The government has allocated Sh25 billion to fund a signature campaign pledge: free day secondary education starting January next year. This is perhaps the strongest demonstration by the government that a high school education must become a birthright of every Kenyan child.
Ordinarily, this would be absolutely laudable, eliciting universal praise across the land. But the wider society and education professionals have not received the announcement with celebration or praise.
Many are disappointed that the policy minders in the ministries of Education and Finance have allowed themselves to be wagged by politicians. They have failed to demonstrate professional grit buttressed by evidence.
The evidence shows that the introduction of free primary education has been associated with over-enrolment and a disastrous teacher-pupil ratio.
Some public schools are hovels, lacking walls, desks, toilets and water. Moreover, standards in numeracy and literacy in public schools have collapsed. Studies show that only three out 10 children in standard three can read and add at the level required in standard two.
While enrolment rates in standard one have shot up in some counties, both retention and completion have been atrocious. Only about 70 per cent of every standard one cohort completes standard eight. This is disconcerting and complicates the path to 100 per cent transition to secondary school for every standard one cohort.
What have we learned in the course of implementing free primary education? Can we make free day secondary education work? Keep in mind that day secondary schools are where the children who barely made it in KCPE go. Also keep in mind that these children come from poor families who mostly are rural farmers/pastoralists or are employed in the informal sector in small towns and cities across the country.
We also must not forget that the majority of these students barely made it in KCPE exam. Admission into public secondary schools is merit-based and most public day secondary schools are at the bottom of the barrel. Ideally, such students need great teachers, excellent facilities, and literally all the support they can get to succeed in high school.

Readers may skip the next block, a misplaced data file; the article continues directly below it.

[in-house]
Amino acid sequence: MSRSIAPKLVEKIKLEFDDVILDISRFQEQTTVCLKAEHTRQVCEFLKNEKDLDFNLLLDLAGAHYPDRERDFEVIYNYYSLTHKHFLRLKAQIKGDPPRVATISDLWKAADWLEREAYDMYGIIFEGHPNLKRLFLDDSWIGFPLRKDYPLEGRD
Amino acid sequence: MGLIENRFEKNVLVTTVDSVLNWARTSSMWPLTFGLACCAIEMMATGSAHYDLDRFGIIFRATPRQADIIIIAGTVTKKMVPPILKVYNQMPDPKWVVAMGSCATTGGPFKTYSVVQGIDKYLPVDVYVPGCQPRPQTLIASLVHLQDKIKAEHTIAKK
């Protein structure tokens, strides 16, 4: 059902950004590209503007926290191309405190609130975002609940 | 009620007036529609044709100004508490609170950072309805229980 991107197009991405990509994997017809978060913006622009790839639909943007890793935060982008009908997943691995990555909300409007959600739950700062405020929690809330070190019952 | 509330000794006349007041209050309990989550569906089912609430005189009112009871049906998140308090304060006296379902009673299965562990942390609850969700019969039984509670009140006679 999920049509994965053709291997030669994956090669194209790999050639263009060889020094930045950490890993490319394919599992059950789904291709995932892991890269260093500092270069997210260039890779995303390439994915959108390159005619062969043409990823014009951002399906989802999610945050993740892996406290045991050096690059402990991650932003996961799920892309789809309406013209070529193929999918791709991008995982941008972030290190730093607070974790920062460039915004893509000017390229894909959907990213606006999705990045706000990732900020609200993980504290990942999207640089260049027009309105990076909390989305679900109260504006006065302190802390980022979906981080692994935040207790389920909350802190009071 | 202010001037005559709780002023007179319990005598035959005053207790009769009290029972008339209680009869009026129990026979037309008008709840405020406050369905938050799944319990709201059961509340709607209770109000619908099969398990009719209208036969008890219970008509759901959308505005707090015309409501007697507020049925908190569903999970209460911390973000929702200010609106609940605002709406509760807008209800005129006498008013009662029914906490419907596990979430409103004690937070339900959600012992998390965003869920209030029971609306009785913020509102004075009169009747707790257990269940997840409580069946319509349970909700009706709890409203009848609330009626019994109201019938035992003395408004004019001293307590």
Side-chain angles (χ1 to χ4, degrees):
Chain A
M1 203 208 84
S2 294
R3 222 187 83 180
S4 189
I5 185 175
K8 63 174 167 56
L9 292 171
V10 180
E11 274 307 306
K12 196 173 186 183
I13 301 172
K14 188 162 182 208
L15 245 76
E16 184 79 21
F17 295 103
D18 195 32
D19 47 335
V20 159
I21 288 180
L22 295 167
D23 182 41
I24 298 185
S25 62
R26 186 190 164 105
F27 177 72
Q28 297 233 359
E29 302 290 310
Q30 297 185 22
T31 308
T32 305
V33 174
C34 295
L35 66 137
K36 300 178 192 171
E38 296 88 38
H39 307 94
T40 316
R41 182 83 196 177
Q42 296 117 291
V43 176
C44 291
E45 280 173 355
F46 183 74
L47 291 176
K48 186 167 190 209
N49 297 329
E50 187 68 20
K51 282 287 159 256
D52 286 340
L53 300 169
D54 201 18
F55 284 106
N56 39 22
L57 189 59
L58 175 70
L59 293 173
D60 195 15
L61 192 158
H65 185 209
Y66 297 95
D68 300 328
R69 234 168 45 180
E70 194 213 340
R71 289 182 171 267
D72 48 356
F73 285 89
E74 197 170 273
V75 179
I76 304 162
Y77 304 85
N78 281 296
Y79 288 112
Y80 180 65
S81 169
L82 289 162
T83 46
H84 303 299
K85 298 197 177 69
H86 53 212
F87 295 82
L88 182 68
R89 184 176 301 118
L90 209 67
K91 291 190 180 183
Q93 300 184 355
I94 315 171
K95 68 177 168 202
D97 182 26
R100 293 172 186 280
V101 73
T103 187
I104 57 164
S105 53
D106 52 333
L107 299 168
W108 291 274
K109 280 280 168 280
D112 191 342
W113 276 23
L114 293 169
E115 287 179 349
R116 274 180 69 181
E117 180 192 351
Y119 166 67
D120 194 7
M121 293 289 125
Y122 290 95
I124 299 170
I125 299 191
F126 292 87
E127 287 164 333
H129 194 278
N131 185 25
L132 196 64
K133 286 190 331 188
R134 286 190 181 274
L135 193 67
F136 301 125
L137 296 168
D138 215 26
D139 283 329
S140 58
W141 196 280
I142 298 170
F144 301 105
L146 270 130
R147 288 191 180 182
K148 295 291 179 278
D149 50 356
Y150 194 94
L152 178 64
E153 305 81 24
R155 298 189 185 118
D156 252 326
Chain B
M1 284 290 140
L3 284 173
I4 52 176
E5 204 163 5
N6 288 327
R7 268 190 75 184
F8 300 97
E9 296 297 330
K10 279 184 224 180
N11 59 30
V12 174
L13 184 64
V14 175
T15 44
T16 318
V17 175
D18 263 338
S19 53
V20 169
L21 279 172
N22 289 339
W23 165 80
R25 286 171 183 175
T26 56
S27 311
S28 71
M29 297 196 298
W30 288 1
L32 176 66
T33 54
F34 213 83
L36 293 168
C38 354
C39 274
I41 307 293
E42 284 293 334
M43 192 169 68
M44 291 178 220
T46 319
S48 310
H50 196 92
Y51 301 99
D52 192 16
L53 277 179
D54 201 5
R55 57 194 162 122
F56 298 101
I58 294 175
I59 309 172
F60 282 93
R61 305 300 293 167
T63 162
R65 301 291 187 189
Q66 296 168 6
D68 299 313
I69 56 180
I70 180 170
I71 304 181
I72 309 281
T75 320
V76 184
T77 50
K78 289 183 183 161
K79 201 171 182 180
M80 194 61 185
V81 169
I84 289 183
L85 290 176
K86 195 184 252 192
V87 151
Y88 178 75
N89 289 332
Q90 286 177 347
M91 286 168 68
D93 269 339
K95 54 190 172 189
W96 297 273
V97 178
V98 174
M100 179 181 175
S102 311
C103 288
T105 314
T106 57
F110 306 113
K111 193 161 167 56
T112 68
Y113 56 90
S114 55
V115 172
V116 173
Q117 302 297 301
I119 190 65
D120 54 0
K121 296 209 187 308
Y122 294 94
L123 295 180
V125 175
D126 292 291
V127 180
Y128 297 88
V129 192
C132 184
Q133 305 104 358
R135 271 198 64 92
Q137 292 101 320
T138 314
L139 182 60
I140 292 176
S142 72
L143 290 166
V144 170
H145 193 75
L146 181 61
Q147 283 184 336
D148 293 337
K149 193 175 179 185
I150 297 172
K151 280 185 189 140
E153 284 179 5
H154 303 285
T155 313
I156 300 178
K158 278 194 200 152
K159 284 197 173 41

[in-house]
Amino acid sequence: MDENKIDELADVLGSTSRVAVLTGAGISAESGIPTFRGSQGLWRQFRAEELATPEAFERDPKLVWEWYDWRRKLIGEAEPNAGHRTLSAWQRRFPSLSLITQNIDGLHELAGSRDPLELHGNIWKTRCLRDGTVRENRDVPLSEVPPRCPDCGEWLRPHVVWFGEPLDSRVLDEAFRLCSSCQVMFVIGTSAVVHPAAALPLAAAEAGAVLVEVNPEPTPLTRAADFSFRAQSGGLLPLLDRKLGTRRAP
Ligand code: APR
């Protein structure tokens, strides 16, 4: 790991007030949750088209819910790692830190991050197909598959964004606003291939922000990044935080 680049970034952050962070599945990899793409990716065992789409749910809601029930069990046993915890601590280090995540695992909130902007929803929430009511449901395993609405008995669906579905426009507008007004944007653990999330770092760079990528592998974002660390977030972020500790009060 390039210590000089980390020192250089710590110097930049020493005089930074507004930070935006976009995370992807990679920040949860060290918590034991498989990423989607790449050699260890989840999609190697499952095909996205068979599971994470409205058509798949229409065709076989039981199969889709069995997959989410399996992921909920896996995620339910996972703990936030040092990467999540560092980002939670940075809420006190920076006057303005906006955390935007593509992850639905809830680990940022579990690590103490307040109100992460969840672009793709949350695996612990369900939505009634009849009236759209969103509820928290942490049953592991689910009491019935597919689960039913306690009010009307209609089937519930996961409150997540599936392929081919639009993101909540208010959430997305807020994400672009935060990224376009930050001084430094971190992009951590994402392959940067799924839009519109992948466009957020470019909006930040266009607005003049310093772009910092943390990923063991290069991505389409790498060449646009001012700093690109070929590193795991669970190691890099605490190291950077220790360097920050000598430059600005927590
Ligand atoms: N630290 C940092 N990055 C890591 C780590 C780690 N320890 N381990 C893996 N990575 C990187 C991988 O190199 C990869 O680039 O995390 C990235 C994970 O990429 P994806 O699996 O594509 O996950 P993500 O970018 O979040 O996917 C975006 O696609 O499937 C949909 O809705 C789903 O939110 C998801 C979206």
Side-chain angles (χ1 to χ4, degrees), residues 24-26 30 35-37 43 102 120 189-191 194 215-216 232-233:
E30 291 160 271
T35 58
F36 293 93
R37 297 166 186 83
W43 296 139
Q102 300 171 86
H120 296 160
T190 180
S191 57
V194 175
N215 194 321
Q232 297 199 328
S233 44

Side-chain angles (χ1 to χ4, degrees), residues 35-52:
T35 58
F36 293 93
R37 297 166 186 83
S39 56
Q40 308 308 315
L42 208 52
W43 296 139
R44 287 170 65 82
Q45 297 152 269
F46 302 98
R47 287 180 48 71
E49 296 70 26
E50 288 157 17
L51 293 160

Will the noble intentions of free day secondary education falter and fail under the weight of poor and sloppy implementation? Have we learnt any lessons from free primary education that continues to haemorrhage hard-earned precious and scarce public funds? Is this another round of Russian roulette with the future of Kenya’s less privileged children?
I suggest our experience with government-funded education has not been great. In fact, it has failed. I would suggest that we try something different this time. How about conditional grant transfers to public schools to incentivise teaching excellence, retention and completion rates?
Are we committed to preparing our children for a brutally competitive knowledge-based economy? Not any quality of education will do.
We must invest in teacher training; pay teachers well and hold them accountable. We must invest in school infrastructure and eliminate the boarding school bias and ensure that 100 per cent transition is buttressed by measureable competence at every transition grade.
Alex O. Awiti is the director of the East African Institute at Aga Khan University